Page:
Take the Crown is more than just an entertaining, well-produced pop album. It is a mirror held up to an America that has naively taken for granted its notions of Britain. It is a ridiculous, terrifying, spectacular reflection of our own picturesque fantasies for a Britain that never really existed, a projection of a parallel dimension where Ladies get married to Princes in fairytale events and musicians live like Wombley country gents. And when they take their crowns, they are made of candy.
"For the last 13 years Japanese photographer Miyoko Ihara has been taking pictures of her grandma, Misao, to commemorate her life. 9 years ago, 88-year-old Misao found a stray odd-eyed cat in her shed: she called it Fukumaru, hoping that “the god of fuku (good fortune) would come and everything will be smoothed over like maru (circle).” Miyoko has been photographing their beautiful friendship and the way they go about their daily routine ever since.”
V Man Magazine November 2013
Join us for part 2 of Yuletide Yingtime, as quixotic elfin editor Chris Ying continues his expedition into the peppermint-y heart of Swedish Christmas.
And make sure to tune in for the shocking* conclusion of this miniseries tomorrow!
(If you missed part 1, you can find it here.)
(*The conclusion probably won’t be shocking unless Ying shows up to dinner at Fäviken in a holiday-themed body stocking or something. A boy can dream! - PFM)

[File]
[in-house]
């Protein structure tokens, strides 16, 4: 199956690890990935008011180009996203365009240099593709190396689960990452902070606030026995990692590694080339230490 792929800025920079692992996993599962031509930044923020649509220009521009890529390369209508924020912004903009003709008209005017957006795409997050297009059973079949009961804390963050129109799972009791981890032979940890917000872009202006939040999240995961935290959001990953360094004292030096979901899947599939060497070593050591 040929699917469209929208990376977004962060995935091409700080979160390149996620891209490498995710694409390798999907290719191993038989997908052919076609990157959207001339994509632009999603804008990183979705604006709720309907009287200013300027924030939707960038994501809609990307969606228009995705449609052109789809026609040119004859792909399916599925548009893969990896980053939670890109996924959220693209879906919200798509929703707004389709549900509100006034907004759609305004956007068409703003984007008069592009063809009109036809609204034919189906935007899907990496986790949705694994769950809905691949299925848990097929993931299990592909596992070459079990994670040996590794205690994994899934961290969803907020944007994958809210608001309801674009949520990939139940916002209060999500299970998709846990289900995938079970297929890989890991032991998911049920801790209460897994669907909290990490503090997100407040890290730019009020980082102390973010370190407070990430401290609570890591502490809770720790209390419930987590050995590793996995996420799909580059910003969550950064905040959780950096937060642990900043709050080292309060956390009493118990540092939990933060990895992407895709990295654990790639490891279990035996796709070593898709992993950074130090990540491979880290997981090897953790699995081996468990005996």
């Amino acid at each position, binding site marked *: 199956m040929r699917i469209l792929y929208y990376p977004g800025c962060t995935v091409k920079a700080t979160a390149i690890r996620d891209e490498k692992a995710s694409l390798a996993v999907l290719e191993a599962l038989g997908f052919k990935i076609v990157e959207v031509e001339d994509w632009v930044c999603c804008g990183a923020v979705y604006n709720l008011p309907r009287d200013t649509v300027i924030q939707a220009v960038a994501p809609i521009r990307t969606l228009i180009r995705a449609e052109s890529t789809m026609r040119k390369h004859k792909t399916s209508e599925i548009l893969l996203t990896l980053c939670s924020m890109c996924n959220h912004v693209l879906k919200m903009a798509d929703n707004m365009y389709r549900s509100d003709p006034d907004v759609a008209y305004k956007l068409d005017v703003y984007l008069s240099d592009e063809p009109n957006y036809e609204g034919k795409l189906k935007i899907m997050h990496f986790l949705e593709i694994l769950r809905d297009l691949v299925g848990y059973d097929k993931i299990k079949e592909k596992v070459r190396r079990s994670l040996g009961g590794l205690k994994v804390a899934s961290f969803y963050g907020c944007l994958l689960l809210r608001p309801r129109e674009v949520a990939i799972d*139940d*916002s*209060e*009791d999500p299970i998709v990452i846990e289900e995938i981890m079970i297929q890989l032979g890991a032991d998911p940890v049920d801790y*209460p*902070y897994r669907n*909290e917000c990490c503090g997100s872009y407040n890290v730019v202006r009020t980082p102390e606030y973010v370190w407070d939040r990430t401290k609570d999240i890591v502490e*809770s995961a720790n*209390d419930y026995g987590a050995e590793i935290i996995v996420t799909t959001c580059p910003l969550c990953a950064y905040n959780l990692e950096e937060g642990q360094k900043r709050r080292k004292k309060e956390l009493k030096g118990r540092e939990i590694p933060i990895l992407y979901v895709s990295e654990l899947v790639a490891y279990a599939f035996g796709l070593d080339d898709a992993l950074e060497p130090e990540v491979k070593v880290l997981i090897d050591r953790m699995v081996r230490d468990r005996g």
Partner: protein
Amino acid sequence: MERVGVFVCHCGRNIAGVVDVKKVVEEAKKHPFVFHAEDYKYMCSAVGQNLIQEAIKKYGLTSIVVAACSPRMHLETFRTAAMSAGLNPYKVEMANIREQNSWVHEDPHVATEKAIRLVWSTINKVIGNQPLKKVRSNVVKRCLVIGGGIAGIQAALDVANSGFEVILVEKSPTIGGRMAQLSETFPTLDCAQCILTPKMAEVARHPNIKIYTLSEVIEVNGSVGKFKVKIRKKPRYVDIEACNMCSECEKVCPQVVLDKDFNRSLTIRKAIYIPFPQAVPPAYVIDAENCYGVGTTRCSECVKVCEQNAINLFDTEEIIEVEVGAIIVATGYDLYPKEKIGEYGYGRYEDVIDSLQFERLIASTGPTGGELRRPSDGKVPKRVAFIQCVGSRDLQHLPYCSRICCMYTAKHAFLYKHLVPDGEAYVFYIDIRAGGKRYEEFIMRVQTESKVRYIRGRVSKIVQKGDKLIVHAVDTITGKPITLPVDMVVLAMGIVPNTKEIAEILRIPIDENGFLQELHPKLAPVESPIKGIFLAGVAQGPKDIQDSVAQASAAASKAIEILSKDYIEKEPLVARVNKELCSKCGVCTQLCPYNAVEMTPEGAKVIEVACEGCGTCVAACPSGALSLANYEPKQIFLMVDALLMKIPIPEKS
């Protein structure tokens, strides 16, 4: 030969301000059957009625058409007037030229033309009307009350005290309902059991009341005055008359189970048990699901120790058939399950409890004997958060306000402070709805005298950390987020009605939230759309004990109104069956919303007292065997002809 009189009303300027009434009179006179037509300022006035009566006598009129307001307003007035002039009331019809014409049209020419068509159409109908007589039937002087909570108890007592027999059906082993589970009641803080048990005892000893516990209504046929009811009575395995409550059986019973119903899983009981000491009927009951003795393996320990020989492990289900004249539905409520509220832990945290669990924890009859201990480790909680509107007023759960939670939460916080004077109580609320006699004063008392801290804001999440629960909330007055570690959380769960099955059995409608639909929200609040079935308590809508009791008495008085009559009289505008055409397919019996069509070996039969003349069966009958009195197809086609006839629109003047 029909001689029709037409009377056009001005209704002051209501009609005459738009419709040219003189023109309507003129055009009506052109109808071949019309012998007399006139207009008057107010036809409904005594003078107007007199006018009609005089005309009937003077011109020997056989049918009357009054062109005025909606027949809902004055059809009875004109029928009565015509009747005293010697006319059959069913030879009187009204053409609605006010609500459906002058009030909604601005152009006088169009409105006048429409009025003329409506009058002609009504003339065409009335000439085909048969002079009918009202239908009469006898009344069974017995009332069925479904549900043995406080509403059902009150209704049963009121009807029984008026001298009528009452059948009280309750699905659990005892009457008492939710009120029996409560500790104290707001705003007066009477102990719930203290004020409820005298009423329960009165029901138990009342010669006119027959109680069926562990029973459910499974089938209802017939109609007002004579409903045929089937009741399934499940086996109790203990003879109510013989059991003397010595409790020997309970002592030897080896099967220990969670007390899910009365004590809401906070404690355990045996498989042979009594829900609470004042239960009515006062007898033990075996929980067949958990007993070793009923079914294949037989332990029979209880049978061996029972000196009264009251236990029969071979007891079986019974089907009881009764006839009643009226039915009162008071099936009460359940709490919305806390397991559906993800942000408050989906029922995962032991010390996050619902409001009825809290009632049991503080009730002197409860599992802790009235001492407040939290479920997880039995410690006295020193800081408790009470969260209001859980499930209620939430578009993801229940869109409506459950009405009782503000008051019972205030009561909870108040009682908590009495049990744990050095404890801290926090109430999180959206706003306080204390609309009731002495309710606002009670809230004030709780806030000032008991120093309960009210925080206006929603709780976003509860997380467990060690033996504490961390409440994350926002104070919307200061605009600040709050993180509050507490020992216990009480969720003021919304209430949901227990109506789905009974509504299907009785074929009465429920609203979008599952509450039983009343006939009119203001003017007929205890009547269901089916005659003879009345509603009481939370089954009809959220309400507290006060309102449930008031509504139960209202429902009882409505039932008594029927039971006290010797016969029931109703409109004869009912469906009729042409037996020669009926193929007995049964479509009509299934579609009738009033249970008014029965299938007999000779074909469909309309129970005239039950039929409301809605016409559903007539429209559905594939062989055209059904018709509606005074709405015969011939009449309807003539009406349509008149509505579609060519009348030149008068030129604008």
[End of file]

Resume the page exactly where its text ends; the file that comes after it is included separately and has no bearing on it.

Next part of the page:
Aww, this kinda makes me miss Christmas in Scandinavia. Christmas markets! Gløgg! Julebord!
Liu Bolin (Shandong, China) camouflages himself against various surroundings as a protest over the lack of recognition of individuals in Chinese society. His aim is to momentarily disappear.
This is one of the reasons why I watch Eurovision every year. 12 points to you, Romanian Dubstep Opera Glittery Vampire in Space.
A mandopop classic. One of my parents favourite singers (we still have a laser disc of her greatest hits). Heard in many Chinese households. I’ve heard it sung at weddings, played in restaurants, malls, in tv shows, movies, etc. It is a must-have in any Chinese karaoke songbook.
Bare with me as I relive my childhood for a bit. Cantopop ballads from the 90’s were legit.
The video: what’s happening! How did Leon teleport? Through his dreams? Does he have a TARDIS? Is the old lady who gave him the fobwatch the same lady who’s in the picture? Why would she torment him like that? I’m so confused.
Look at those croccodile tears at the end! (His acting has definitely gotten better since this video was made, see: Fallen Angels, Comrades: Almost a Love Story, etc.)
EXO-M - XOXO
I slightly prefer the EXO-K version, but I like this version well enough annnd I don’t think I’ve ever posted mando/cantopop on my tumblr yet (sorry, my peoples. I will post some 90’s cantopop ballads soon, because they are legit classics/integral to my early childhood years. My parents played them nonstop. Four heavenly kings, that’s what’s up).
Dynamic Duo - Three Dopeboyz (feat. Zion.T)
Abidaz - Nitti5 (feat. Robyn)
skulle ønske at denne sangen var nittifem sekunder lenger. still a jam tho.